The most distressing part is that climate change is not an isolated issue. Some of the most affected cities and countries are those that are not really causing the bulk of the problems in the first place.

Lagos, Nigeria is one of those areas. The city is rapidly growing in population, which will cause a strain on its resources, reports Time. It's a coastal city, meaning any erosion along the coast could significantly disturb the region's crucial agriculture and fishing industries, and rising sea levels can contaminate the water supply. The warmer temperatures will likely also cause severe droughts.

These devastating effects would be in spite of the fact that Nigeria produces 0.23 percent of the world's emissions.

While there will be droughts in Nigeria, Haiti will have the opposite problem, continues Time. Since the country is located in the hurricane-prone region of the Atlantic, they are likely to see wetter and more severe ones. Haiti is a developing nation with fewer resources and is still recovering from previous natural disasters, making it difficult to prepare for the future. The country is also an island, making it susceptible to flooding and rising sea levels.

Haiti produces 0.01 percent of global emissions.

Poorer, more densely populated countries will always face disproportionate impacts of climate change because high populations lead to strained resources, which climate change strains even more. However, even industrialization has a disproportionate effect. For example, Bangladesh has been the number one most polluted country for multiple years in a row alongside Chad, Pakistan, Tajikistan, and India in the top 5. This list isn't surprising given that developing nations with high populations have less access to the infrastructure needed to control air quality.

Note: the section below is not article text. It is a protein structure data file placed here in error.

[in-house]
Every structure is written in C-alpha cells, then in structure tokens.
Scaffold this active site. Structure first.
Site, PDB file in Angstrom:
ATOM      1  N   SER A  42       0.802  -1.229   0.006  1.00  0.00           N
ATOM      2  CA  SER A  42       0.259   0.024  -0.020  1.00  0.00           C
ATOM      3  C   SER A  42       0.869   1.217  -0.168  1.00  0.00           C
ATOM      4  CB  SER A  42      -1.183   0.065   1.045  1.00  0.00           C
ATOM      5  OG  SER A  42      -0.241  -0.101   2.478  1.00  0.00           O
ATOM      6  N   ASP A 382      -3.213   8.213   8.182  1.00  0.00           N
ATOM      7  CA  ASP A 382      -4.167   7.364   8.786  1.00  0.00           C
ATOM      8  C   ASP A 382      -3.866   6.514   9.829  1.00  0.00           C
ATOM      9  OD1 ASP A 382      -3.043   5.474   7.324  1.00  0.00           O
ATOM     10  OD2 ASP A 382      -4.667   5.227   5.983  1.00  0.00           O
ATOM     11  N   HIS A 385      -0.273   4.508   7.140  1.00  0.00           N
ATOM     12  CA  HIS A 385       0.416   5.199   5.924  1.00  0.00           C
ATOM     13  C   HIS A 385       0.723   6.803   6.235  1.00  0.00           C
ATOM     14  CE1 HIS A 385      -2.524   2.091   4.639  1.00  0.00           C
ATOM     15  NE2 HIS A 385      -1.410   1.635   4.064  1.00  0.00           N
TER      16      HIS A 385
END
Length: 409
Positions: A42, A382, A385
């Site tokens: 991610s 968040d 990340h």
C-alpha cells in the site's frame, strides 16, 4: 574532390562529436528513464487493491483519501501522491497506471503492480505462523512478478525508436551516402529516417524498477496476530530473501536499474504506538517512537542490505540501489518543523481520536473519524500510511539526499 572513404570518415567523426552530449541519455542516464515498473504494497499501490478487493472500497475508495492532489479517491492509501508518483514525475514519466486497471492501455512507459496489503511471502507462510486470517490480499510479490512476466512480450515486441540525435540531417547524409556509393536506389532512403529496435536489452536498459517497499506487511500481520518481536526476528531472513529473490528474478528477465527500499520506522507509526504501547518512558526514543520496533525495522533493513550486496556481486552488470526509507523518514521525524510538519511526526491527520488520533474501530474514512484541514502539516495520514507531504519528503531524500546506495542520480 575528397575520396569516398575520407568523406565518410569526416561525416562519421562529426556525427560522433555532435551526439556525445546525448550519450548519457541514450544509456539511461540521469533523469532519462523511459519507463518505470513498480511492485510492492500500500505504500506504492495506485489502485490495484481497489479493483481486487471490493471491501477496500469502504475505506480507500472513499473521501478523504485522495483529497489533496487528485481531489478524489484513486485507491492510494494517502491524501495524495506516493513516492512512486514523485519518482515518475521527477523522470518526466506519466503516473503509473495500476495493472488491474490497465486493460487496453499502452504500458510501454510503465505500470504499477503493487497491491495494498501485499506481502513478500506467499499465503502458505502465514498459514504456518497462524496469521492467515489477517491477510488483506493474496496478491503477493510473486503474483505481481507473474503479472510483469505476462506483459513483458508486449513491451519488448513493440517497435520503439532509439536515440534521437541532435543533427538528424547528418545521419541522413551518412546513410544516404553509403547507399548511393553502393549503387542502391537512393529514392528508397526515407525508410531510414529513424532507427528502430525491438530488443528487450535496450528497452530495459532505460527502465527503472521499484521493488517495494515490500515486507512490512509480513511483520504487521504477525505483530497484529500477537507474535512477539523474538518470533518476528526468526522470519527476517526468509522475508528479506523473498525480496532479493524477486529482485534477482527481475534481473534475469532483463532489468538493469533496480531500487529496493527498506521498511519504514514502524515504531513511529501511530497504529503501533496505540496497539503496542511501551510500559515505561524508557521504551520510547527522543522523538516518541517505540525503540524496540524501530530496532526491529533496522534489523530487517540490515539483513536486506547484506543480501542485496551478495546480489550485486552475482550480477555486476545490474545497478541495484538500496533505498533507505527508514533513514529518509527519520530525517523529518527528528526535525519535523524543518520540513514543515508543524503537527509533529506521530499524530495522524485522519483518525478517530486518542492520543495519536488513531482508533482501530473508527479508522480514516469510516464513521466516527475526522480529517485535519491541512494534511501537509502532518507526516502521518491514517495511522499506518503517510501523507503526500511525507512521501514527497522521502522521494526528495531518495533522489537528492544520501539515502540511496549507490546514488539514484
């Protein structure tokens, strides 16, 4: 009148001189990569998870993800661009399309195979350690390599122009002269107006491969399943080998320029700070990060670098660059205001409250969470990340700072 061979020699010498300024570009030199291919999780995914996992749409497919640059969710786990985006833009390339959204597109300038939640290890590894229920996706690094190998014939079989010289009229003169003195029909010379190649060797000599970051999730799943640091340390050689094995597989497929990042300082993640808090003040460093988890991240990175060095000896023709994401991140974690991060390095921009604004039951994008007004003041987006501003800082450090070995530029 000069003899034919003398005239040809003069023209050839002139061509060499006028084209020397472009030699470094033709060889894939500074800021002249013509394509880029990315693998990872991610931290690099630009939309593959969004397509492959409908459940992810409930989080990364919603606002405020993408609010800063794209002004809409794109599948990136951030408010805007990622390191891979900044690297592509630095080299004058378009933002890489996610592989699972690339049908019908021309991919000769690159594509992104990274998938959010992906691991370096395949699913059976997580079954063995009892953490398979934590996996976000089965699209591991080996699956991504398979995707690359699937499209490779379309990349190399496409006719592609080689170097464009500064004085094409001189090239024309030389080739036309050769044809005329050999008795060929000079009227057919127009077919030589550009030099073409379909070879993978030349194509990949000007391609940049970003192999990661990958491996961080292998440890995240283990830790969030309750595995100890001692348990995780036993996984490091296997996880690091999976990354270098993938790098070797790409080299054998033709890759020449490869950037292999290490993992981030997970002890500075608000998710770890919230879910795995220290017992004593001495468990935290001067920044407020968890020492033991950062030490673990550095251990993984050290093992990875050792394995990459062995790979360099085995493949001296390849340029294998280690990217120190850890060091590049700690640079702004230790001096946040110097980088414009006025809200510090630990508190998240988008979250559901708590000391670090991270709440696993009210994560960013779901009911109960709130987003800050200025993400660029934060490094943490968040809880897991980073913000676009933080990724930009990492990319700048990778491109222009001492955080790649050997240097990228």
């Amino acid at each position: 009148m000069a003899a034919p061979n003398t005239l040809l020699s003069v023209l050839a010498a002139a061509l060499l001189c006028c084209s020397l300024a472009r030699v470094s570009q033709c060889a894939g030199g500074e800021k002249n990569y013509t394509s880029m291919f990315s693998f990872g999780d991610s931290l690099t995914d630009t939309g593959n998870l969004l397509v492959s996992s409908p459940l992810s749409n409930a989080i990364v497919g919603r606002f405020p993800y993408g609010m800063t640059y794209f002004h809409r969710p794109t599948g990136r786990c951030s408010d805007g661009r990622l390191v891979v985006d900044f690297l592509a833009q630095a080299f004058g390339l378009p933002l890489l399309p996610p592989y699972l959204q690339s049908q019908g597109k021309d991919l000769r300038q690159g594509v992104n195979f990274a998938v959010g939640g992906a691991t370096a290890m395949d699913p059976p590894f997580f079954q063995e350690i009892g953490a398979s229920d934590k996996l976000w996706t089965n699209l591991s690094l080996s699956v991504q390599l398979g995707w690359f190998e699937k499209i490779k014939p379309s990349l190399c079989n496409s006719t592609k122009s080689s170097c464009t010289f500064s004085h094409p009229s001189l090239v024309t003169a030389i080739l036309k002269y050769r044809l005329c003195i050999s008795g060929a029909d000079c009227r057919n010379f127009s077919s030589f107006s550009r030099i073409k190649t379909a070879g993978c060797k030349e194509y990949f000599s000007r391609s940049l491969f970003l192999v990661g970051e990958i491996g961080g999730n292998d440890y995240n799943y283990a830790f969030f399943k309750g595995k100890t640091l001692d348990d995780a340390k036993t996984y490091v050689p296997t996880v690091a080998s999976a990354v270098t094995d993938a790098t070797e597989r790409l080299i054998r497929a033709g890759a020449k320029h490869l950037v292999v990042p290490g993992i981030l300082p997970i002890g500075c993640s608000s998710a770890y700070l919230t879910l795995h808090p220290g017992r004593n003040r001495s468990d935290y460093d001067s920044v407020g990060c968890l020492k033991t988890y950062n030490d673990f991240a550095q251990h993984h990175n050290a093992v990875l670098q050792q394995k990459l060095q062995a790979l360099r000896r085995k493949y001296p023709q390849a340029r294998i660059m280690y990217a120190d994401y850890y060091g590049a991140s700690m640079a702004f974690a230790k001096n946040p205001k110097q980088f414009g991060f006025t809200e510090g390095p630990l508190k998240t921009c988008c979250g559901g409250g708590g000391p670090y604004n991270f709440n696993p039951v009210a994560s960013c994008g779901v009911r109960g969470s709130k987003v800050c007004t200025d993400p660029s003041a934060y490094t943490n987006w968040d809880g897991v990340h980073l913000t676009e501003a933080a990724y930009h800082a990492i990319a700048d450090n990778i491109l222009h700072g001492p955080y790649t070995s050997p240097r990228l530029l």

Even within the U.S., low-income communities face a larger share of the burden in dealing with the fallout of industrialization. Hydraulic fracturing plants, known as fracking wells, are more likely to be located in less affluent areas, reports Scientific American. These areas are more likely to face water contamination and gas leaks, both of which are harmful to human health.

Though these harmful effects often fall on low-income communities, it's the wealthier Americans who "are releasing vast amounts of carbon dioxide compared with lower-income people," says Scientific American.

What can be done?

The biggest action that scientists agree should be taken is rapidly working on all fronts to slow climate change. Any rising temperatures spell trouble all over the world, most urgently in the communities that have had the smallest role in causing them.

The International Energy Agency (IEA) has identified a need to be net zero in emissions by 2050 to viably cap temperature change at 1.5 degrees Celcius. 

"Climate scientists have repeatedly stressed the best weapon to tackle rising global temperatures is to reduce greenhouse gas emissions as quickly as possible," reports CNBC.

The IEA estimates that, by 2030, $4 trillion in annual clean energy investments worldwide will be needed. Also, major innovation will be needed for new clean technology to replace the current polluting infrastructure.

Overall, the world will need to completely rework its energy system to reach net zero, however, prevention is better than dealing with the aftermath.